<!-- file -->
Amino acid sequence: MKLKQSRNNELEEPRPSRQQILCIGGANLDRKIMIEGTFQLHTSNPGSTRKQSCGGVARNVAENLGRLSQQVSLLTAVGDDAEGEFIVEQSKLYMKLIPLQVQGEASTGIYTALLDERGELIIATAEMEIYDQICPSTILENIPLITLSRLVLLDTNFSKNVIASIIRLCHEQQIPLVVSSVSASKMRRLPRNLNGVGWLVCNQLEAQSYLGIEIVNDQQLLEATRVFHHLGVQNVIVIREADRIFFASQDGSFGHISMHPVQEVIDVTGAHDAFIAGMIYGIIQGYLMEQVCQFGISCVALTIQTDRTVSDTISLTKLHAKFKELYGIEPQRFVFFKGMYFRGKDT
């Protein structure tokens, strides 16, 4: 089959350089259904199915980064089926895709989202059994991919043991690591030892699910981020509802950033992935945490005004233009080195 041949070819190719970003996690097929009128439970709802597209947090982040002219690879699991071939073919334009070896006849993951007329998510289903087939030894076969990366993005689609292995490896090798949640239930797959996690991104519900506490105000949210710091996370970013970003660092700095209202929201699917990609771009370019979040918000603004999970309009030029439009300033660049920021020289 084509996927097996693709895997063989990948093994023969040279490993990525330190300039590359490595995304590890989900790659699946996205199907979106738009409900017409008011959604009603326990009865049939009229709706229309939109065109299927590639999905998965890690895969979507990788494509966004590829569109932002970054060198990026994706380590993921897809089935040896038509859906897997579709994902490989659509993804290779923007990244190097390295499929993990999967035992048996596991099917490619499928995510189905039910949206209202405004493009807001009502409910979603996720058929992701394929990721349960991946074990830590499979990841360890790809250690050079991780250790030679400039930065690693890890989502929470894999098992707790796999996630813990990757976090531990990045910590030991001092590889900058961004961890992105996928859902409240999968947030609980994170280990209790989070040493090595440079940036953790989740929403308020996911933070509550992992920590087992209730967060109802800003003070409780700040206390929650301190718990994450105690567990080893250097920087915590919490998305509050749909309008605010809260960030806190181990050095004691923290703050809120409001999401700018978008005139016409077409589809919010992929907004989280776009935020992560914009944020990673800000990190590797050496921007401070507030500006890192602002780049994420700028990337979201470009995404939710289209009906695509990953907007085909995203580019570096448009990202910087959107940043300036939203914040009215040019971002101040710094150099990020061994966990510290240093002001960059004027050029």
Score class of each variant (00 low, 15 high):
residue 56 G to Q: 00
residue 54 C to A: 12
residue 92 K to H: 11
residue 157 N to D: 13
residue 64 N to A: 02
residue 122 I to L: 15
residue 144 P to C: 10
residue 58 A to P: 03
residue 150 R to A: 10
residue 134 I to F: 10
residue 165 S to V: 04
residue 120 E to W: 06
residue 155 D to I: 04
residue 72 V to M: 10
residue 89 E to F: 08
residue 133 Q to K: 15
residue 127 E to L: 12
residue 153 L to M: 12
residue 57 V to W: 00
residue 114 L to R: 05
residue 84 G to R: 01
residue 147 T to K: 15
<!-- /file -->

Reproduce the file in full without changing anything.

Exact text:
Amino acid sequence: MKLKQSRNNELEEPRPSRQQILCIGGANLDRKIMIEGTFQLHTSNPGSTRKQSCGGVARNVAENLGRLSQQVSLLTAVGDDAEGEFIVEQSKLYMKLIPLQVQGEASTGIYTALLDERGELIIATAEMEIYDQICPSTILENIPLITLSRLVLLDTNFSKNVIASIIRLCHEQQIPLVVSSVSASKMRRLPRNLNGVGWLVCNQLEAQSYLGIEIVNDQQLLEATRVFHHLGVQNVIVIREADRIFFASQDGSFGHISMHPVQEVIDVTGAHDAFIAGMIYGIIQGYLMEQVCQFGISCVALTIQTDRTVSDTISLTKLHAKFKELYGIEPQRFVFFKGMYFRGKDT
């Protein structure tokens, strides 16, 4: 089959350089259904199915980064089926895709989202059994991919043991690591030892699910981020509802950033992935945490005004233009080195 041949070819190719970003996690097929009128439970709802597209947090982040002219690879699991071939073919334009070896006849993951007329998510289903087939030894076969990366993005689609292995490896090798949640239930797959996690991104519900506490105000949210710091996370970013970003660092700095209202929201699917990609771009370019979040918000603004999970309009030029439009300033660049920021020289 084509996927097996693709895997063989990948093994023969040279490993990525330190300039590359490595995304590890989900790659699946996205199907979106738009409900017409008011959604009603326990009865049939009229709706229309939109065109299927590639999905998965890690895969979507990788494509966004590829569109932002970054060198990026994706380590993921897809089935040896038509859906897997579709994902490989659509993804290779923007990244190097390295499929993990999967035992048996596991099917490619499928995510189905039910949206209202405004493009807001009502409910979603996720058929992701394929990721349960991946074990830590499979990841360890790809250690050079991780250790030679400039930065690693890890989502929470894999098992707790796999996630813990990757976090531990990045910590030991001092590889900058961004961890992105996928859902409240999968947030609980994170280990209790989070040493090595440079940036953790989740929403308020996911933070509550992992920590087992209730967060109802800003003070409780700040206390929650301190718990994450105690567990080893250097920087915590919490998305509050749909309008605010809260960030806190181990050095004691923290703050809120409001999401700018978008005139016409077409589809919010992929907004989280776009935020992560914009944020990673800000990190590797050496921007401070507030500006890192602002780049994420700028990337979201470009995404939710289209009906695509990953907007085909995203580019570096448009990202910087959107940043300036939203914040009215040019971002101040710094150099990020061994966990510290240093002001960059004027050029």
Score class of each variant (00 low, 15 high):
residue 56 G to Q: 00
residue 54 C to A: 12
residue 92 K to H: 11
residue 157 N to D: 13
residue 64 N to A: 02
residue 122 I to L: 15
residue 144 P to C: 10
residue 58 A to P: 03
residue 150 R to A: 10
residue 134 I to F: 10
residue 165 S to V: 04
residue 120 E to W: 06
residue 155 D to I: 04
residue 72 V to M: 10
residue 89 E to F: 08
residue 133 Q to K: 15
residue 127 E to L: 12
residue 153 L to M: 12
residue 57 V to W: 00
residue 114 L to R: 05
residue 84 G to R: 01
residue 147 T to K: 15